Defined as the releasing of selfishness and ego attachments, loss of self is a central characteristic of spiritual life. Let us for now refer to emptying of the self in a twofold sense: as a breaking down of our cherished self-identities, wants, demands, and ego struggles; and as an openness of being, where all the doors and windows of the soul are thrown back to allow in the splendor of life. Since in a body we will always have elements of personality traits, self-emptying is not an absolute state but the practice of letting go. And this practice of detachment, in which we experience the fluidity of presence [italics added] that is deeper than identity, becomes the medium for the great transformation of being that demarcates a contemplative life. . . .

I would go so far as to suggest that wisdom is precisely the freedom to be present. People who are fully present know how to see fully, rightly, and truthfully. Just try to keep your heart open, your mind without division or resistance, and your body not somewhere else. Practicing presence is the daily task of all mature religious and spiritual disciples. It is our very presence, open and available, that allows us to experience and participate in the life of God in the world. Beverly Lanzetta continues:

True emptiness is also an openness of being. It is an ongoing receptivity to the wonder of life. Having an ability to flow with what life offers, we are able to pass back and forth from the interior chambers where our soul and the Beloved meet into the world. Intimacy with the Divine offers a new quality of heart. The contemplative life teaches us how to sustain this openness that is natural to our natures, and how to employ spiritual disciplines to preserve and protect our vulnerability. Contemplative experience moves us from the intellectual idea of openness that we glimpse in fragments and in starts, to the meditative exercise of openness, and then to the orientation of our whole being toward surrender and receptivity.

References:
[1] Bonaventure, Collationes in Hexaëmeron (Lectures on the Six Days of Creation) , 2.12.

Beverly Lanzetta, The Monk Within: Embracing a Sacred Way of Life (Blue Sapphire: 2018), 149, 151.

Adapted from Richard Rohr, The Naked Now: Learning to See as the Mystics See (Crossroad Publishing: 2009), 59‒60.

Epigraph: Lanzetta, The Monk Within, 148.

Image credit: Ajanta Caves (detail mural of the Buddha), Aurangabad, Maharashtra State, India.
Inspiration for this week’s banner image: When we meditate consistently, a sense of our autonomy and private self-importance—what we think of as our “self”—falls away. Little by little, it becomes unnecessary, unimportant, and even unhelpful. The imperial “I,” the self that we likely think of as our only self, reveals itself as largely a creation of our mind. —Richard Rohr
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Self-Emptying

Letting Go of Our Very Selves
Wednesday, December 16, 2020

The great task of religion is to keep us fully awake, alert, and conscious. Staying awake comes not from willpower but from a wholehearted surrender to the moment—as it is. If we can truly be present, we will experience what most of us mean by God (and we do not even need to call it God). It’s largely a matter of letting go of resistance to what the moment offers or of clinging to a past moment. It is an acceptance of the full reality of what is right here and now.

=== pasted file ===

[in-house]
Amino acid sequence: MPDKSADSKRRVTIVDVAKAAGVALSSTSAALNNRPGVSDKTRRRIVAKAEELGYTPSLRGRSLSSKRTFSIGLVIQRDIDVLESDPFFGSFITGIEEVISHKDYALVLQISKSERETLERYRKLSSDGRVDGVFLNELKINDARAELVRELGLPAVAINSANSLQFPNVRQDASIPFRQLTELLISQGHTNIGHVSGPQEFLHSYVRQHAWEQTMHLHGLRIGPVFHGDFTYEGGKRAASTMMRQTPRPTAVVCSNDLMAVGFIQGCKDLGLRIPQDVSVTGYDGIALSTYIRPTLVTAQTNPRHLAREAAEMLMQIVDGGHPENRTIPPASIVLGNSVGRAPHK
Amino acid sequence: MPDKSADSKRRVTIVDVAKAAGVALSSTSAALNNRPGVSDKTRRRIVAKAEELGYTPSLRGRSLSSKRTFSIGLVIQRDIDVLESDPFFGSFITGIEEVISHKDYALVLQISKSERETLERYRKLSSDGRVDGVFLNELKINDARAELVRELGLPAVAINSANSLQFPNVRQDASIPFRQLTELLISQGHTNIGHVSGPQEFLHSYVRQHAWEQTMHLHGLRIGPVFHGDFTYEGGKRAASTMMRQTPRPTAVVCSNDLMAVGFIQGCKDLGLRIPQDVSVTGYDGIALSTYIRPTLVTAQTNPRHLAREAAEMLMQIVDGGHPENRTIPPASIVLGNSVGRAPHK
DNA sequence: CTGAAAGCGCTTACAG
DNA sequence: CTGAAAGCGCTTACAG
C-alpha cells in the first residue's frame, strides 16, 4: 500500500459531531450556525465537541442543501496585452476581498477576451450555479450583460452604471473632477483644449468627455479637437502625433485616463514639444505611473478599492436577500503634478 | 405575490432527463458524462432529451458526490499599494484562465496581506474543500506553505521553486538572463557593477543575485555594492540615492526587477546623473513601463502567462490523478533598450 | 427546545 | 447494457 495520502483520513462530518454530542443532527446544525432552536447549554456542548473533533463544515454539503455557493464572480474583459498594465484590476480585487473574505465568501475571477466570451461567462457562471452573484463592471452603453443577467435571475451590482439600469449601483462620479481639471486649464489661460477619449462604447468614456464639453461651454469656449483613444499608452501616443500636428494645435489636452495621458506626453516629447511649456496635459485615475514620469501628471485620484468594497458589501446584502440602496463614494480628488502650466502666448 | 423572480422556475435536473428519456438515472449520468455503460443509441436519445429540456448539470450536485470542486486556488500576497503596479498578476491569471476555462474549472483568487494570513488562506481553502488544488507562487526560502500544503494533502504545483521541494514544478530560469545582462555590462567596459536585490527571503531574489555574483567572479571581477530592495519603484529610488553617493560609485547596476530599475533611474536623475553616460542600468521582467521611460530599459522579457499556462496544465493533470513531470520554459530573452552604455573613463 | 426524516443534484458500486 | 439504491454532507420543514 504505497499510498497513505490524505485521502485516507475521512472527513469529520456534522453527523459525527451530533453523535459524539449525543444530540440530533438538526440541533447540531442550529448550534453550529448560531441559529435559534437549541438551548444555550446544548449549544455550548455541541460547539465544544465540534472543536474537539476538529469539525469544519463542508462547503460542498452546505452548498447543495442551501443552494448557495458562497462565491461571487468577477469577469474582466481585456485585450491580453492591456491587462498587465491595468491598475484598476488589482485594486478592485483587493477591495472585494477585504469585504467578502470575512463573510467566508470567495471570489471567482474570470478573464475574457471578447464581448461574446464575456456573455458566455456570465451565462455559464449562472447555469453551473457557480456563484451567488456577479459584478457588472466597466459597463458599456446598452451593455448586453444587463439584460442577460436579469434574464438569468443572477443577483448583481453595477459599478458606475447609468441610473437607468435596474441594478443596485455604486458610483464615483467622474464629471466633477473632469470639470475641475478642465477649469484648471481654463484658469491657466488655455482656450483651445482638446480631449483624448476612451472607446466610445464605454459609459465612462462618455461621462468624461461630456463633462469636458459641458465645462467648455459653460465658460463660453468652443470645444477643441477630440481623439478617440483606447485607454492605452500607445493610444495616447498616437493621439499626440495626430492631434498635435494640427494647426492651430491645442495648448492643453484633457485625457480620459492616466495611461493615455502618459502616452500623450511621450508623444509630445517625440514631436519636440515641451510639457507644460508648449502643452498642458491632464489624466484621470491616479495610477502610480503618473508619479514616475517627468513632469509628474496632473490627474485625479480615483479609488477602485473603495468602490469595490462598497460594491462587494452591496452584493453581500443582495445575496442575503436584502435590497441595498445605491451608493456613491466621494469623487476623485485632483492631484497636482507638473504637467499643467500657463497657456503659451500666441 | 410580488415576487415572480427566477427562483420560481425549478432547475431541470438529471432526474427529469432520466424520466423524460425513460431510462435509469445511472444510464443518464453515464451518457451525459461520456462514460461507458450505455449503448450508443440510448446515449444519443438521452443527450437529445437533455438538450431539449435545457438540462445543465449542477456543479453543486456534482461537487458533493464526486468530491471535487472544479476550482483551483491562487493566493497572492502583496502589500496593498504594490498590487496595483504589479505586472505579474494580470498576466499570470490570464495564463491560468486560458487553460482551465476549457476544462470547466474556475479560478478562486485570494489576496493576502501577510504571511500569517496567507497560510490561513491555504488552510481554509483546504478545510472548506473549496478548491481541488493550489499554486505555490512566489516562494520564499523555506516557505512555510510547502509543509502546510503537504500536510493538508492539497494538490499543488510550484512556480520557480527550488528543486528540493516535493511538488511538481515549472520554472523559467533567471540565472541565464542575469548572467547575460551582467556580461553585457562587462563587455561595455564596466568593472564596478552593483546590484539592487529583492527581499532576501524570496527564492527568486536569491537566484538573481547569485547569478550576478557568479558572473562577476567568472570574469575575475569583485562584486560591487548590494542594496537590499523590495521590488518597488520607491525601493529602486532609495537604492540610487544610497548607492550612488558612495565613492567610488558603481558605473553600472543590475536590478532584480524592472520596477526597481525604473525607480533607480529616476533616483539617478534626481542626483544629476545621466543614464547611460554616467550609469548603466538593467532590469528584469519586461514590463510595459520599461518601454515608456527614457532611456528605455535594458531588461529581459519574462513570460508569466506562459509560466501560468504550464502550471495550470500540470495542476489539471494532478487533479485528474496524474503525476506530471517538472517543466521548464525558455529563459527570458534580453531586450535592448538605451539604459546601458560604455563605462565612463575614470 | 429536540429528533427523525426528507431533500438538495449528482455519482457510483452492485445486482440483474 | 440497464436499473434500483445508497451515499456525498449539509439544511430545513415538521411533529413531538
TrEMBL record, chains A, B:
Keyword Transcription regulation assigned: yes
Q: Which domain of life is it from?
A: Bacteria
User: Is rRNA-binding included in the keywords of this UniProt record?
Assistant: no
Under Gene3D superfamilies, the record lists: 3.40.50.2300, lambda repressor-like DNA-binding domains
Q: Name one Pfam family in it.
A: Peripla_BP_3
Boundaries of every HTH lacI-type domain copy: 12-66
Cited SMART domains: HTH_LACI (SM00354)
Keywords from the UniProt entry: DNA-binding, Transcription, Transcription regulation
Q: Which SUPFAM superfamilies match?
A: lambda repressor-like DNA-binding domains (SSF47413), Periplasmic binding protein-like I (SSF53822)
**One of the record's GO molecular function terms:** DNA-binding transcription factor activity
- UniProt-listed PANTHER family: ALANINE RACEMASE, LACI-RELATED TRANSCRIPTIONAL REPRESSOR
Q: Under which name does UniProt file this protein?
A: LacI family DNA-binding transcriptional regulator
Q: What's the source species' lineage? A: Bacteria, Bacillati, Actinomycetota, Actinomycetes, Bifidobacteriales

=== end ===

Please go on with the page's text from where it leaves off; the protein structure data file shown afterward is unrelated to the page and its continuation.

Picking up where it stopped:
To be truly conscious, we must step back from our compulsive identification with our isolated selves. This may be the most difficult “letting go” of all, for the idea of our individual “selves” is the primary illusion of our lives. But pure consciousness is never just “me,” trapped inside myself. Rather, it is an observing of “me” from a distance—from the viewing platform kindly offered by God (see Romans 8:16), which we call the Indwelling Spirit. Then we will see with eyes much larger and other than our own.

Most of us do not understand this awareness because we are totally identified with our own passing thoughts, feelings, and compulsive patterns of perception. We have no proper distance from ourselves, which ironically would allow us to see our radical connectedness with everything else. Such radical connectedness is holiness itself.

Some degree of detachment is absolutely necessary to get started spiritually. “Detachment, detachment, detachment,” taught Meister Eckhart (1260–1328). [1]

When we meditate consistently, the sense of our autonomy and private self-importance—what we think of as our “self”—falls away. Little by little, it becomes unnecessary, unimportant, and even unhelpful. The imperial “I,” the self that we usually think of as our only self, reveals itself as largely a creation of our mind.

Through regular access to contemplation, we become less and less interested in protecting this self-created, relative identity. Please do not attack it; that’s just negative energy. When we do not feed it, it calmly falls away and we experience a kind of natural humility.

If our prayer goes deep, “invading” our unconscious, as it were, our whole view of the world will change from fear to connection, because we no longer live inside our fragile and encapsulated self. Nor do we feel a need to protect our small and fragile self.

In meditation, we move from ego consciousness to soul awareness, from being fear-driven to being love-drawn. That’s it in a few words! Of course, we can only do this if Someone Else is holding us, taking away our fear, doing the knowing, and satisfying our desire for a Great Lover. If we can allow that Someone Else to have their way with us, we will live with new vitality, a natural gracefulness, and inside of a Flow that we did not create. It is the Life of the Trinity, spinning through us.